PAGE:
I also could envision a similar program, except that the costs for both undergraduate and graduate education would be borne by the government, with the expectation that the student would then work for the government in some capacity after completing the graduate degree.

    I realize this is all pie in the sky at the moment, but such a program could be a win-win for all concerned if they’re willing to understand the benefits of long-term investments in promising students.

     
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    Alexander Rudolph
  • Icon for: Alexander Rudolph

    Alexander Rudolph

    Lead Presenter
    May 16, 2018 | 07:57 p.m.

    Dear Jay,

    Thank you so much for taking the time to brainstorm about how to solve our sustainability challenge. I agree that some combination of support from government (NSF or state), higher ed institutions (the CSU and UC systems) and corporate, foundation, and even private donors would work best. I don't know if the NSF would consider continuing some level of funding for Cal-Bridge after our current S-STEM grants run out, but I would hope so (in the spirit of the NIH-MARC program). However, we have already begun to work with the CSU and UC administrators supporting our program to explore how we might get some support from the higher ed systems, especially if we expand beyond physics and astronomy.

    I agree that corporate donors could play a key role, especially in funding scholarships. I would hope that some of the corporations that hire lots of PhDs, especially those in California, would consider investing in diversifying their future workforce without requiring explicit commitments, like ROTC. If 8-10 corporations each funded 5 scholarships per year ($50K/year, not a lot for them), we could fund our expanded physics and astronomy program. If we expand into other STEM fields (e.g., CS or engineering) we would need more, but those fields are even more in demand than physics.

    The challenge is getting in front of the right people to make all this happen. We are very interested in working with anyone who can help with those contacts.

    Alex

  • Icon for: Jay Labov

    Jay Labov

    Facilitator
    May 16, 2018 | 08:34 p.m.

    Alex,


    If you're not already aware of the California Council on Science and Technology (CCST), I suggest that you look at their website (http://ccst.us). CCST was set up to advise the state in a way similar to how the National Research Council was chartered to provide advice to the U.S. Government. Take a look at the people who serve on CCST's Board and Council because they represent a broad spectrum of California's higher education, industrial, and government sectors. Some of them may be able to provide advice. You also might contact their Executive Director, Susan Hackwood (her contact is on the website). Feel free to let her know that I suggested that you contact her. I've worked with her for many years on various projects. I hope this is helpful.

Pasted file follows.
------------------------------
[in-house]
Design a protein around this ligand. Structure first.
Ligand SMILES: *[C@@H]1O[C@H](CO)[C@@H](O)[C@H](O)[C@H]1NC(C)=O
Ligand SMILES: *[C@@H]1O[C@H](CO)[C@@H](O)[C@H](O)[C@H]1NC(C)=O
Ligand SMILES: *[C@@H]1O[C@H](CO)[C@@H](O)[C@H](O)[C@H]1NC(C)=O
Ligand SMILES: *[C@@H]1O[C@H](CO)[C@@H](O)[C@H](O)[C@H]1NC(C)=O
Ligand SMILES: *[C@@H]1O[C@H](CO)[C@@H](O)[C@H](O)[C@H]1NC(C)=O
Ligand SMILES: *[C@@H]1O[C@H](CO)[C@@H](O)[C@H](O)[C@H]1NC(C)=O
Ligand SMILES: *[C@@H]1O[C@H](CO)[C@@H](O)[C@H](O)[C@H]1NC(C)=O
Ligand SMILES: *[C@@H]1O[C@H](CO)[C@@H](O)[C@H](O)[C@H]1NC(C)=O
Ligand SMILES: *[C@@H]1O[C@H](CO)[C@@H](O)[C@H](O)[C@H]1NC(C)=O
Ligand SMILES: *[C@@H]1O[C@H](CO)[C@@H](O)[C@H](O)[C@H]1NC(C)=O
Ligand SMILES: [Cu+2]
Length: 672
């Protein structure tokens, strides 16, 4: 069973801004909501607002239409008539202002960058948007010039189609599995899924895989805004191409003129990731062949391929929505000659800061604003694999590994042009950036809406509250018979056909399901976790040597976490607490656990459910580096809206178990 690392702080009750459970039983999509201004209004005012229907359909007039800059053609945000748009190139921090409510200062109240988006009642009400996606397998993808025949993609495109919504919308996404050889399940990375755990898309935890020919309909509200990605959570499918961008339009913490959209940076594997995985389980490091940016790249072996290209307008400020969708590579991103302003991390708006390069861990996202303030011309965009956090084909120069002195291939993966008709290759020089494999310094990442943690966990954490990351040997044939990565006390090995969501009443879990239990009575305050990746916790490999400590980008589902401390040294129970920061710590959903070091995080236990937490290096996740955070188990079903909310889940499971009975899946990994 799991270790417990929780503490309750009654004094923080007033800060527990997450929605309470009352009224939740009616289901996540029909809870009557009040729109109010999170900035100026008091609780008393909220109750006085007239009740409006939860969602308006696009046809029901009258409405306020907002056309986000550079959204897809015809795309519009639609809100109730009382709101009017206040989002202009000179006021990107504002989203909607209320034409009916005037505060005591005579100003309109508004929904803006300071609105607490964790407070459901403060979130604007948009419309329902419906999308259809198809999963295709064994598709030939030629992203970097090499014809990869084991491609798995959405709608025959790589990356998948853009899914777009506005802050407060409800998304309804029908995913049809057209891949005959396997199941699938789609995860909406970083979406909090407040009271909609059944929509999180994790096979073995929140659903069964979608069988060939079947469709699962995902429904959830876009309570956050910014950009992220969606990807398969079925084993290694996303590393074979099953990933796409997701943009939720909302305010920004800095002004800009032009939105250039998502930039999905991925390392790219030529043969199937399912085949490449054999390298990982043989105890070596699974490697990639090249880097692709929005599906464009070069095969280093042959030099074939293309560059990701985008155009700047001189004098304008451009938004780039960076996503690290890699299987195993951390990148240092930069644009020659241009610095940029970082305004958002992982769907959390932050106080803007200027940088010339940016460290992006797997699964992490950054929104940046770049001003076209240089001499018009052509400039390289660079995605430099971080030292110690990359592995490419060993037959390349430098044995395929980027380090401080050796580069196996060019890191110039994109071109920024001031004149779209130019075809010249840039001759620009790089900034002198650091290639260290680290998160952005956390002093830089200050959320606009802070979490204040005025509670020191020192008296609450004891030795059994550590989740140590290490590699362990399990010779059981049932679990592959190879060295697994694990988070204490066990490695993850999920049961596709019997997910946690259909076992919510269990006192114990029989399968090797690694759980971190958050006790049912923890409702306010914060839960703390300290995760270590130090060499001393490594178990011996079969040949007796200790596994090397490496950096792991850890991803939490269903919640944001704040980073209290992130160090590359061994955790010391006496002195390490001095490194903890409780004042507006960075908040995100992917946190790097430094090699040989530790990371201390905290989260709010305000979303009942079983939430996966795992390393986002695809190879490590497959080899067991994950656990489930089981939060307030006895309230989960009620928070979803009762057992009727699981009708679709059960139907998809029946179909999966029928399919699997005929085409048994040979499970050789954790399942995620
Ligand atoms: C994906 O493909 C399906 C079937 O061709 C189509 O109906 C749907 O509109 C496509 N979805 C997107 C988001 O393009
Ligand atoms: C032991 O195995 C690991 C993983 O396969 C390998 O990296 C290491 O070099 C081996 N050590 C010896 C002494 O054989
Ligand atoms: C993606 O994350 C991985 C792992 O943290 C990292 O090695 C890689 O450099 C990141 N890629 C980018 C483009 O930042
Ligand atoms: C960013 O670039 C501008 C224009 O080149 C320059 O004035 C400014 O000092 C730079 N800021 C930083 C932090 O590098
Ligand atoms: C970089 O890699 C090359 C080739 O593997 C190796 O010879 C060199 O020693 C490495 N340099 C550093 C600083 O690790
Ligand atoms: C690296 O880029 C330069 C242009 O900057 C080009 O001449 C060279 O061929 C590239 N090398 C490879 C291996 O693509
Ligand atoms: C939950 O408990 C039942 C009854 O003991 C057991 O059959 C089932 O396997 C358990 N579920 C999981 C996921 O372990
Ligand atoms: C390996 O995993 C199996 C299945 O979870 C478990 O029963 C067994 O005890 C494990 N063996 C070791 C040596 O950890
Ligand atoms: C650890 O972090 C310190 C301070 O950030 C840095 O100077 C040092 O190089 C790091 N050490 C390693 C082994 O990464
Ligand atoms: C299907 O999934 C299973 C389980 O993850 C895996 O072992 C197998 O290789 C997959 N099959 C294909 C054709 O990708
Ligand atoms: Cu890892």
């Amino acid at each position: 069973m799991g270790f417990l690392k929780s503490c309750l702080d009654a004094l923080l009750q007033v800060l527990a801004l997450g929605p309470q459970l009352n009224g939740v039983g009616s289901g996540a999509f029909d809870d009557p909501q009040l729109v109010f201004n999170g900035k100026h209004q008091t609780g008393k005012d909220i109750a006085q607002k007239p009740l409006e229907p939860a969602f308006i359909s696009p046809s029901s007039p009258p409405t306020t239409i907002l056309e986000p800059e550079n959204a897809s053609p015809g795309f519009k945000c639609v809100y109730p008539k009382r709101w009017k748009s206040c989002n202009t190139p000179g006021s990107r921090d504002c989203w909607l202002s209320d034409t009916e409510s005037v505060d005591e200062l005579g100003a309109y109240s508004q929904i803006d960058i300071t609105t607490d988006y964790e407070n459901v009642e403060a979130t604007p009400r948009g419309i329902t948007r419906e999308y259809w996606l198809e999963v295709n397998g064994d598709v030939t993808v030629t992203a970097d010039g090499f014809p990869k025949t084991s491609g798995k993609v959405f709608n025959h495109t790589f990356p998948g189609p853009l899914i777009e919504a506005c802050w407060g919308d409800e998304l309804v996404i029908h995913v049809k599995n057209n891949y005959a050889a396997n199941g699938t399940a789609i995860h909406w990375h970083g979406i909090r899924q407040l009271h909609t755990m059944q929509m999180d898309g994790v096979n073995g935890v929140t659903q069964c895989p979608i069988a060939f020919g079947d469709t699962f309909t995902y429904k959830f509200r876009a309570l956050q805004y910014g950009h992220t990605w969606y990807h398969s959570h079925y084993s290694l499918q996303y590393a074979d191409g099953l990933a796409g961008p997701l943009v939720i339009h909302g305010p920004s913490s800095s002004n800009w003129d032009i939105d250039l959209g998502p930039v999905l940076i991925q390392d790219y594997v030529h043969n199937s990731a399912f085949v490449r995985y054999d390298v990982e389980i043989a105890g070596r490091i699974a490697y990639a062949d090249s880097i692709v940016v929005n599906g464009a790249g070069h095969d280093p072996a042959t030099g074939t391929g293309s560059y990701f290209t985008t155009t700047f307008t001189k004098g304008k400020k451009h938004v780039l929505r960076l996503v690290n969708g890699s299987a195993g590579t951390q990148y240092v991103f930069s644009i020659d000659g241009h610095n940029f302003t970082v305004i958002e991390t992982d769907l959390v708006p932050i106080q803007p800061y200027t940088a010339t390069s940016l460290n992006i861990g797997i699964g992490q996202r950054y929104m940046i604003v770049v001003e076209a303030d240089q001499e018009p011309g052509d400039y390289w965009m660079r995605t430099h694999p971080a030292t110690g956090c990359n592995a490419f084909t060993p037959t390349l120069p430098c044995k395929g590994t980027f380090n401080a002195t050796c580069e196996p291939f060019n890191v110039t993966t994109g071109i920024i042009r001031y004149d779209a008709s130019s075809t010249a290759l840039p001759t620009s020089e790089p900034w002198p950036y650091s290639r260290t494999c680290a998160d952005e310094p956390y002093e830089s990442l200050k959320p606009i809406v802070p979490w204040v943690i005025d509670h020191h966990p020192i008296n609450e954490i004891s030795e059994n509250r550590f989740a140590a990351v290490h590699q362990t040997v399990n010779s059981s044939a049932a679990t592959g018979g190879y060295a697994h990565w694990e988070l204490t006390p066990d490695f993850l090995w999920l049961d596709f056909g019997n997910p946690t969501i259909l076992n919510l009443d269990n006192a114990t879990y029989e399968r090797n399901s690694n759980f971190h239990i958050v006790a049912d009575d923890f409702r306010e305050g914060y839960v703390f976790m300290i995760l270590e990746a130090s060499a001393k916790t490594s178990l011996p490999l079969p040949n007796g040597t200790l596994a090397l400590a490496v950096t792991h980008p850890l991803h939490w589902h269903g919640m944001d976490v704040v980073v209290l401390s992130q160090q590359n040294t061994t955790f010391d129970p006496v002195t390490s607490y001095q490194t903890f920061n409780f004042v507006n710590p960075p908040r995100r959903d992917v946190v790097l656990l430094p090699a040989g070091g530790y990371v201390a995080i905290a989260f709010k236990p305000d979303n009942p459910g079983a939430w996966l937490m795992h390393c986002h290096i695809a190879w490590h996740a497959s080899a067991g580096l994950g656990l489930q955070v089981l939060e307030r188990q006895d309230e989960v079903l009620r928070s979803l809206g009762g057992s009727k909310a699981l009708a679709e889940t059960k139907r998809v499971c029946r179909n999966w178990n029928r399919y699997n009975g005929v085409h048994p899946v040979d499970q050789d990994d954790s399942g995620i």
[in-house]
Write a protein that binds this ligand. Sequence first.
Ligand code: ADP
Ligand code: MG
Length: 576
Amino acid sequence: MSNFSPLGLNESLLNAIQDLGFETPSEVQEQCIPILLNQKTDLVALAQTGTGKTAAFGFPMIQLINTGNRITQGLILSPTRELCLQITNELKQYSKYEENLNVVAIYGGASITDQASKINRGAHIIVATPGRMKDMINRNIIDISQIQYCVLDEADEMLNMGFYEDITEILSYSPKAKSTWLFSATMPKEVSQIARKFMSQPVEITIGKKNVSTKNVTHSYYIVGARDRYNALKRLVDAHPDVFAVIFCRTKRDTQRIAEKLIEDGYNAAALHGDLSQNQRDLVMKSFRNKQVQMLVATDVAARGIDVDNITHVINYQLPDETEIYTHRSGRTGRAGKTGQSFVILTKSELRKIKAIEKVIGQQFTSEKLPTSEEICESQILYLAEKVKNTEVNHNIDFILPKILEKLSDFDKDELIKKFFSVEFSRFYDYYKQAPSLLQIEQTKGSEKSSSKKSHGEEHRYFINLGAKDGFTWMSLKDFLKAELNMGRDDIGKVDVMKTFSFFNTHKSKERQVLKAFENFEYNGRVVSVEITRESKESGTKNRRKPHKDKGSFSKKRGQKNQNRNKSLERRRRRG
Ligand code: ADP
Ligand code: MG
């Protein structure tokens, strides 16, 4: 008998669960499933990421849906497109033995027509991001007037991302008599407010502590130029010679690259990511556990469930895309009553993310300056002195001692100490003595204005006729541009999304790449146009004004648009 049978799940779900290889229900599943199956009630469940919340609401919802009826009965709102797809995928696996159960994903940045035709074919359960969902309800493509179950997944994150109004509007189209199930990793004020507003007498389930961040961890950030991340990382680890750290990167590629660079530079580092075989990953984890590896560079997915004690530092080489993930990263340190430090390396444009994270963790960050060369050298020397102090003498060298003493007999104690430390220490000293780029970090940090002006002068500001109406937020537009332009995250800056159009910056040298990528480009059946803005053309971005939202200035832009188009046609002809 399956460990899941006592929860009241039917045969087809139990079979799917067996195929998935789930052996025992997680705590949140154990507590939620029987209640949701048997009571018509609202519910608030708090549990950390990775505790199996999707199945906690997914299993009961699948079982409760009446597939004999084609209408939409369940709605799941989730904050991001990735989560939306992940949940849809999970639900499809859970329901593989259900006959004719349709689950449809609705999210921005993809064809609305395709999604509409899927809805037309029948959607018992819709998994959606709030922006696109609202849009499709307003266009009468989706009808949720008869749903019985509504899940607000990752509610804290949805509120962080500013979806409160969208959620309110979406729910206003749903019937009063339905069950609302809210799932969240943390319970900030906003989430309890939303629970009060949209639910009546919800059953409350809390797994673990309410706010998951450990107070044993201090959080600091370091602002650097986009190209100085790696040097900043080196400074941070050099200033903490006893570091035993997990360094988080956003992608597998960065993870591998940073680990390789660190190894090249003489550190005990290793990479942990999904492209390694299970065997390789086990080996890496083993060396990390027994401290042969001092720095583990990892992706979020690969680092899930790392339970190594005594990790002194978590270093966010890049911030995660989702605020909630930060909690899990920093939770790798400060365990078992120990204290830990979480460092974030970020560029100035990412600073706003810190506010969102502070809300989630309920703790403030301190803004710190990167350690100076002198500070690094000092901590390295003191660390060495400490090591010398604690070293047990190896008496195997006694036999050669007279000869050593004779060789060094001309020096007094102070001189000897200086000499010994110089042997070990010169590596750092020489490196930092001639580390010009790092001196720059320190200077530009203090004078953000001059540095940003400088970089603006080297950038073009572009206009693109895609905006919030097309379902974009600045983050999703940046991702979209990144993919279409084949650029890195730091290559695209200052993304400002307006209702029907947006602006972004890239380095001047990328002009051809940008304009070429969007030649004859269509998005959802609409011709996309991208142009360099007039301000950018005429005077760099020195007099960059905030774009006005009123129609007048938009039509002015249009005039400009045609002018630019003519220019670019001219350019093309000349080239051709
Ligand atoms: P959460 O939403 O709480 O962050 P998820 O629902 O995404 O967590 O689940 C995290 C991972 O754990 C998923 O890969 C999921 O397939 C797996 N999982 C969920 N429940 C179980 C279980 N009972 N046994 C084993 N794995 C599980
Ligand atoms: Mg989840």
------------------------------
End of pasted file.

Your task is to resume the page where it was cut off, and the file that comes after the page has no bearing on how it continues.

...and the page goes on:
Jay

     
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    Alexander Rudolph
  • May 16, 2018 | 05:28 p.m.

    Sounds like a wonderful program! I'm interested in the "research-validated selection methods" that you use to identify your diamonds in the rough: which non-cognitive abilities do you include, and how do you assess academic potential? Thanks!

     
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    Alexander Rudolph
  • Icon for: Alexander Rudolph

    Alexander Rudolph

    Lead Presenter
    May 16, 2018 | 08:09 p.m.

    Dear Allison,

    Thank you for watching our video. We borrowed a lot of our selection materials from the Fisk-Vanderbilt Master's-to-PhD program which worked with social scientists to develop rubrics for "grit" and other non-cognitive skills. In addition to "grit" or perseverance, these include such skills as positive self-concept, realistic self-appraisal, and preference for long v. short term goals, to name just a few. We assess these skills in an essay question in our application but even more importantly in a highly structured interview using a well-defined rubric.

    We don't have a simple formula for assessing academic potential, but the interviewers are all physics and astronomy faculty with access to the applicants transcript, so we look for applicants who have either a) already shown strength academically, b) shown flashes of ability with understandable reasons for less than perfect results (heavy work hours, personal or family issues), or c) just seem to have something worth investing in that comes out during the interview. We have not GPA cutoff, but we rarely take anyone below a 2.8 GPA coming into the program. We have had multiple cases of a scholar entering with a high 2 or low 3 GPA who, once they no longer have to work, coupled with the intensive academic mentoring they receive, suddenly (or over time) blossom and succeed in matriculating and succeeding in PhD programs.